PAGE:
I must stress that these characteristics were very slight, and only noticeable when compared to the smoothness of the SFD-2 Mk.II and HDCD-fitted No.30.5. I spent many enjoyable hours with the KPS-20i; it was only after analytical listening and direct comparisons to characterize the KPS-20i's sound that these traits became apparent.

The KPS-20i's soundstage was spacious, deep, and had excellent transparency. The overall spatial perspective was more up-front and incisive than that of the No.30.5, but a little less immediate than the SFD-2 Mk.II. Although the soundstage didn't have quite the degree of depth and width as the No.30.5 or SFD-2 Mk.II, I heard a remarkable clarity, and was able to hear deep into the soundstage. The KPS-20i was the antithesis of veiled, murky, or clouded. The Ry Cooder and V.N. Bhatt A Meeting by the River CD (Water Lily Acoustics WLA-CS-29-CD) was reproduced by the KPS-20i with a startling immediacy, clarity, and impression that the performers were in the listening room.

A comparison of the three processors when playing HDCD-encoded discs was no contest: the HDCD decoding provided by the No.30.5 and SFD-2 Mk.II elevated these two processors far above the KPS-20i. How significant a factor this should be when making a purchasing decision will be determined by how many record companies adopt HDCD encoding. It's just too soon to tell.

The KPS-20i's build quality is outstanding. The thick, beautiful metalwork, motorized disc-chamber door, transport-isolation mechanisms, and custom-machined disc clamp suggest a high degree of mechanical refinement. The KPS-20i has the look and feel of a product that will last forever.

The $9000 KPS-20i is the best-sounding digital product yet from Krell, in many respects offering world-class performance. I was particularly taken by the KPS-20i's powerful bass, stunning power and extension, wide dynamic contrast, and its physically involving sense of pace and rhythm. The KPS-20i's soundstaging was also superb, with a great feeling of transparency and clarity.

In relation to the much-more-expensive Mark Levinson No.30.5/31 combination, or the No.31 driving the Sonic Frontiers SFD-2 Mk.II, the KPS-20i had some shortcomings. Specifically, I heard some grain and hardness in the upper mids that affected instrumental timbre, and the treble somewhat lacked the smooth liquidity and refinement heard from these two other reference processors. I should add that the KPS-20i's bass, rhythmic coherence, and dynamic slam were a notch above the performance offered by the No.30.5 and especially the SFD-2 Mk.II. Note that the KPS-20i sounded considerably better when used as a CD player, and less good when fed from an external digital source.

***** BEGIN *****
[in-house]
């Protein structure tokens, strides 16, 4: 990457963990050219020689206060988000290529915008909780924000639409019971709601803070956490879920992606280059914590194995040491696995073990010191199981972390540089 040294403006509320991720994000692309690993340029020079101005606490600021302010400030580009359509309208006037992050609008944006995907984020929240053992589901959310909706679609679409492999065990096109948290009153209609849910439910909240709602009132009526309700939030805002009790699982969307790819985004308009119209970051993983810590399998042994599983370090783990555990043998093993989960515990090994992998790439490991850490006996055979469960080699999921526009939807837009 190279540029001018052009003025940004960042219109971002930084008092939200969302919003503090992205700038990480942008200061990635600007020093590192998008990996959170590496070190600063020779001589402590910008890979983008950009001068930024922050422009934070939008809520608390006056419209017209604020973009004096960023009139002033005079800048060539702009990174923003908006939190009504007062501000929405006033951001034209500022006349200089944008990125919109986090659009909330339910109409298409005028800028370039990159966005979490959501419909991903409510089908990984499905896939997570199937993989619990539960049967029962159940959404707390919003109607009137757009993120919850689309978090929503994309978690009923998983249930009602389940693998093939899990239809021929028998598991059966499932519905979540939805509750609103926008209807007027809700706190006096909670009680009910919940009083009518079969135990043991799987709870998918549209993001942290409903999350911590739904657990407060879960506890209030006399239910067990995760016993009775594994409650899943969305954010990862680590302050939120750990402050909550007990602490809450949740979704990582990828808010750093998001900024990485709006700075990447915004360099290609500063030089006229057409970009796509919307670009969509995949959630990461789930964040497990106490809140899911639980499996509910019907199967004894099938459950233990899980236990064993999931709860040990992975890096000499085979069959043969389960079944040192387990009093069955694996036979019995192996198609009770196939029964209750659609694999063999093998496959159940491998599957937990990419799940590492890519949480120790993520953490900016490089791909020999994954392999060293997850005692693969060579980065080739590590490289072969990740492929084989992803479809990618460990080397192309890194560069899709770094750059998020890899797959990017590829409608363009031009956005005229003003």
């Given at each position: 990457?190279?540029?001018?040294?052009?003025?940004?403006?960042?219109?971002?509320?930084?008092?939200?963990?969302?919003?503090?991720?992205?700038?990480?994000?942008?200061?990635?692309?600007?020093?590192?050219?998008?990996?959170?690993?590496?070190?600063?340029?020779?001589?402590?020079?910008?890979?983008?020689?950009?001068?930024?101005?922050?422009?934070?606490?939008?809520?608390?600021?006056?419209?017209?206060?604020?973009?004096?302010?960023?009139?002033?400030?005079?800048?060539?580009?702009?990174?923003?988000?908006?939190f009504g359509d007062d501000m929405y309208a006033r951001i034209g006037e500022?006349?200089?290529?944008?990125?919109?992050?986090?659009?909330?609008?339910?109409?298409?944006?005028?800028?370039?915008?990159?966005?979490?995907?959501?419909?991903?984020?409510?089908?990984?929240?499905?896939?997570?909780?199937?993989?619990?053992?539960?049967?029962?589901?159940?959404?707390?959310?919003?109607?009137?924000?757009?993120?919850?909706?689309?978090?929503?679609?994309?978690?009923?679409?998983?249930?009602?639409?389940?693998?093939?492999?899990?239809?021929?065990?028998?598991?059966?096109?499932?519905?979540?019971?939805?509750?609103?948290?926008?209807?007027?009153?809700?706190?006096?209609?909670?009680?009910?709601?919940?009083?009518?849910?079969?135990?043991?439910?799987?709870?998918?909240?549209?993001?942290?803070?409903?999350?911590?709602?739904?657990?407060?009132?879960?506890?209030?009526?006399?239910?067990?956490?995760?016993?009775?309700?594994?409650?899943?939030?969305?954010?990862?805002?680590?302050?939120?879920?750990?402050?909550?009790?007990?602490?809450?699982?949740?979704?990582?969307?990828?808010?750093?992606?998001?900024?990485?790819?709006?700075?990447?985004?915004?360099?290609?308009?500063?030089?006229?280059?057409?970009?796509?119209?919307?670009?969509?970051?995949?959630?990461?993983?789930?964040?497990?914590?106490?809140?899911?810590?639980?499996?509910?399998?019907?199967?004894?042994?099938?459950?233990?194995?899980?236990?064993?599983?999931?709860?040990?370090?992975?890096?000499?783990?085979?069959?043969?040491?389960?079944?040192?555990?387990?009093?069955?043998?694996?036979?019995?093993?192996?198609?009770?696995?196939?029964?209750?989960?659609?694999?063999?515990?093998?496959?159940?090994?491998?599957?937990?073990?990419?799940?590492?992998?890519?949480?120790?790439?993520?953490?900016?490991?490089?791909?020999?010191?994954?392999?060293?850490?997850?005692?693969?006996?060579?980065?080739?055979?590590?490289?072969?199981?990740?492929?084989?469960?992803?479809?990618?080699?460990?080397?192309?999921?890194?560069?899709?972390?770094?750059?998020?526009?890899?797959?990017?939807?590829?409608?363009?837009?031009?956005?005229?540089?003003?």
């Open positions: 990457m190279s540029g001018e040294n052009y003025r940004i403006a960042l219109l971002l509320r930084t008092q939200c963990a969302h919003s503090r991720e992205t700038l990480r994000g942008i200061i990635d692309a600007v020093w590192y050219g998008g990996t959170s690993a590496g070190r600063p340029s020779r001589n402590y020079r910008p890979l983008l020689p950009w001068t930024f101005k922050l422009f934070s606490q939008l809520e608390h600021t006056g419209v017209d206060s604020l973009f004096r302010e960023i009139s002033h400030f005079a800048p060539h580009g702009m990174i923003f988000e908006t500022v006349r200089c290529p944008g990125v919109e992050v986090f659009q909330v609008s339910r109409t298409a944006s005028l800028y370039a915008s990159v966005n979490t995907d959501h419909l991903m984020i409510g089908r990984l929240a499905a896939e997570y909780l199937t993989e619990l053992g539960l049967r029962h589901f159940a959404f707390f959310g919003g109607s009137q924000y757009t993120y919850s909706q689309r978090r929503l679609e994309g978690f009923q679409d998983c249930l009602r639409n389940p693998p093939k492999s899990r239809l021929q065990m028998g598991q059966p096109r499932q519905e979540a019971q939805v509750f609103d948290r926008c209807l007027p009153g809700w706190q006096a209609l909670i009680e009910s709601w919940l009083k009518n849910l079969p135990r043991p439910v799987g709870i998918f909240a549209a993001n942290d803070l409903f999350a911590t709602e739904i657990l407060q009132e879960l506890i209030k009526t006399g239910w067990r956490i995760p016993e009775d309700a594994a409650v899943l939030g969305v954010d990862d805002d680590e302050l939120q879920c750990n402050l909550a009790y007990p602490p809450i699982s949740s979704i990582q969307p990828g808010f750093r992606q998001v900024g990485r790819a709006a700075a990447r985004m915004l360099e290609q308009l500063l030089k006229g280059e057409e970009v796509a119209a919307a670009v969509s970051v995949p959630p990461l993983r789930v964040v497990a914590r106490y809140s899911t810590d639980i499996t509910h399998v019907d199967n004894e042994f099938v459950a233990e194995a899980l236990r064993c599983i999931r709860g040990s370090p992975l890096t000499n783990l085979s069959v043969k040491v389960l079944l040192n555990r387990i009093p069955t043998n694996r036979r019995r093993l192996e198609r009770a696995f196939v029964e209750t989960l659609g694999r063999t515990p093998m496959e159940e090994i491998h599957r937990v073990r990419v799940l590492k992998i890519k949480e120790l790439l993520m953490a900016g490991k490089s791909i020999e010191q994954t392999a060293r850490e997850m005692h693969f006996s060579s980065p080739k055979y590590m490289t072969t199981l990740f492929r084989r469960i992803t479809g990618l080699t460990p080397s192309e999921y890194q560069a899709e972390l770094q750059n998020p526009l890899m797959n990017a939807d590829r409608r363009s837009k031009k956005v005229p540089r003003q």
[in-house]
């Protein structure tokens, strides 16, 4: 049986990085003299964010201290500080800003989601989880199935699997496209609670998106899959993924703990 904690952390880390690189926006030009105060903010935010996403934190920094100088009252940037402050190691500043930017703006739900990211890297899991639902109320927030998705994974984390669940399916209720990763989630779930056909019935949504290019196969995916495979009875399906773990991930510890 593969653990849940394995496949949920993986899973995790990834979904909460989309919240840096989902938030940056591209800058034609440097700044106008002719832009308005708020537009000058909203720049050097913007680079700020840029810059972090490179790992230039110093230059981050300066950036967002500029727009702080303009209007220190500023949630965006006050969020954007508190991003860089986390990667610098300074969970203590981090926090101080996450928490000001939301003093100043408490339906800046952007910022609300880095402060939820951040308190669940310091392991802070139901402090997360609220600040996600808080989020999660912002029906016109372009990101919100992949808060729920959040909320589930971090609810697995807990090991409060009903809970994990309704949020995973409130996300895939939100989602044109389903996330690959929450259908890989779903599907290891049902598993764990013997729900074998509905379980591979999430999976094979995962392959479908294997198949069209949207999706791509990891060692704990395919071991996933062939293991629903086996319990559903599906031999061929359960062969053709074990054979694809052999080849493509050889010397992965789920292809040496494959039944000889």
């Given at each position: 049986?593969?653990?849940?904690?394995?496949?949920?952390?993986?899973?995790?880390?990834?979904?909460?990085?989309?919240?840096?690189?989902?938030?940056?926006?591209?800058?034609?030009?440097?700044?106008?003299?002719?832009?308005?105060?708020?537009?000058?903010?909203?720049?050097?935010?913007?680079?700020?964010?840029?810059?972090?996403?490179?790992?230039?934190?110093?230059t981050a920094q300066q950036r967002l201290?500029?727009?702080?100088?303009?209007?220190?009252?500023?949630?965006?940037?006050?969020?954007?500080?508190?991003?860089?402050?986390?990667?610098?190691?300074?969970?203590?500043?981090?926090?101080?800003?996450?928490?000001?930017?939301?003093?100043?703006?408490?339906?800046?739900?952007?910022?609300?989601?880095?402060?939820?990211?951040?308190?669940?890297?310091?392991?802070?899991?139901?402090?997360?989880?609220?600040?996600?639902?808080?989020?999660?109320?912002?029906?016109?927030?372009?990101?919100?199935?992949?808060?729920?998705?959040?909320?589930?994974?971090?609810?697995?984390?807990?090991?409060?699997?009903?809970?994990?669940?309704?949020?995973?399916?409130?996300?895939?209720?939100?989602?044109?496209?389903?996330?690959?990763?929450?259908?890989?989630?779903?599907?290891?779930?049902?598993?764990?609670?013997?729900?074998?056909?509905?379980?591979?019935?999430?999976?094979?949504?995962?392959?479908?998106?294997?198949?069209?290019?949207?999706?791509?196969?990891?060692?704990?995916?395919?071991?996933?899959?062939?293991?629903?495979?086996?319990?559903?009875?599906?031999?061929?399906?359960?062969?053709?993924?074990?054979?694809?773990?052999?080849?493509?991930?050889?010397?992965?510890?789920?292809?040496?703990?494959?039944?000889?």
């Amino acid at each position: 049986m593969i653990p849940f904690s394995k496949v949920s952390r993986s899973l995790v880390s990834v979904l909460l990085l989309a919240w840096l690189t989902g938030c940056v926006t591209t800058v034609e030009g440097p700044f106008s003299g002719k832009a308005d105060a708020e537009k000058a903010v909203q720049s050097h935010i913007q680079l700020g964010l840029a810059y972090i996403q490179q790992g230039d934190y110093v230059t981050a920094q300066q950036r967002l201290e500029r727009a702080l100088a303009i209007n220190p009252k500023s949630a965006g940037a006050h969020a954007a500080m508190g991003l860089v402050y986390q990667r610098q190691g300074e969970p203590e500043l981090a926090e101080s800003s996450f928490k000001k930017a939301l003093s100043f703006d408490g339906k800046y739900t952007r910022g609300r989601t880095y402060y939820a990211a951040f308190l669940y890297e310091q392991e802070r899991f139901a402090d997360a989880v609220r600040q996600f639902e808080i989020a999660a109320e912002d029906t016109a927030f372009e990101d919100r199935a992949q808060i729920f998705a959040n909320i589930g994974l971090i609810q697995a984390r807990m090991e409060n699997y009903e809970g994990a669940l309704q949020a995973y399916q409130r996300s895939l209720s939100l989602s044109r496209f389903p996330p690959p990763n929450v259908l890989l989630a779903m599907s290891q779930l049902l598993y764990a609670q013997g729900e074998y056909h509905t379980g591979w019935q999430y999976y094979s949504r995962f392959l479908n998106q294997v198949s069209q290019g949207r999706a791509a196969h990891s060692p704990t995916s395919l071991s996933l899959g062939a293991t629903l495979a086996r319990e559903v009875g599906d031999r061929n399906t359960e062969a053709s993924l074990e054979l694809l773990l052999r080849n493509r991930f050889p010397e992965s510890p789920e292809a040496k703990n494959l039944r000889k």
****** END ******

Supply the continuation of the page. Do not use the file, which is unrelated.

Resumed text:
Is it possible to call a $9000 CD player a bargain? Yes, when you consider how much it would cost to achieve the KPS-20i's sound quality with a separate processor and transport.

Footnote 1: I am not sure why this should be so. The infamous green ink treatment has been shown to absorb the infrared laser light, thus reducing common-mode light that may or may not affect the operation of a CD pickup's photodetector, which is usually a differentially operating device. I don't understood how bathing the disc in green light, which represents a strong common-mode signal, albeit one with a very different wavelength, will have an effect on the recovered FM data signal. Perhaps Krell would like to go into this subject in their Manufacturer's Comment. But please note that, as light rays do not interact with one another—a tenet of modern physics—the green LED light has no effect on the pickup laser's emission. It sure looks pretty, however.—John Atkinson

Footnote 2: This disc features the great Roscoe Beck on bass and Tom Brechtlein on drums. Their frequent live shows in Los Angeles are a real treat—sometimes with Vinnie Collaiuta on drums and Russell Ferrante on keyboards.—Robert Harley

Footnote 3: Snare drum is a challenge to record. Getting enough of the drum itself without ringing or fatness is difficult, as is making the snares or chains on the bottom skin cut through the sound without sounding like trashcan lids. A well-recorded snare drum should have an explosive pop, combined with some sense of the drum's pitch. Too many snare drums today sound like nothing more than bursts of white noise, with no indication that the sound was made by a stick hitting a drum head. My three favorite snare sounds all happen to be on the Sheffield label: James Newton Howard and Friends (Sheffield Lab 23—the direct-to-disc LP, in particular); Michael Ruff's Speaking in Melodies (Sheffield CD-35); and The Sheffield Drum Record (Sheffield Lab 14).—Robert Harley

Krell Industries
45 Connair Rd.
P.O. Box 0533
Orange, CT 06477-0533
(203) 799-9954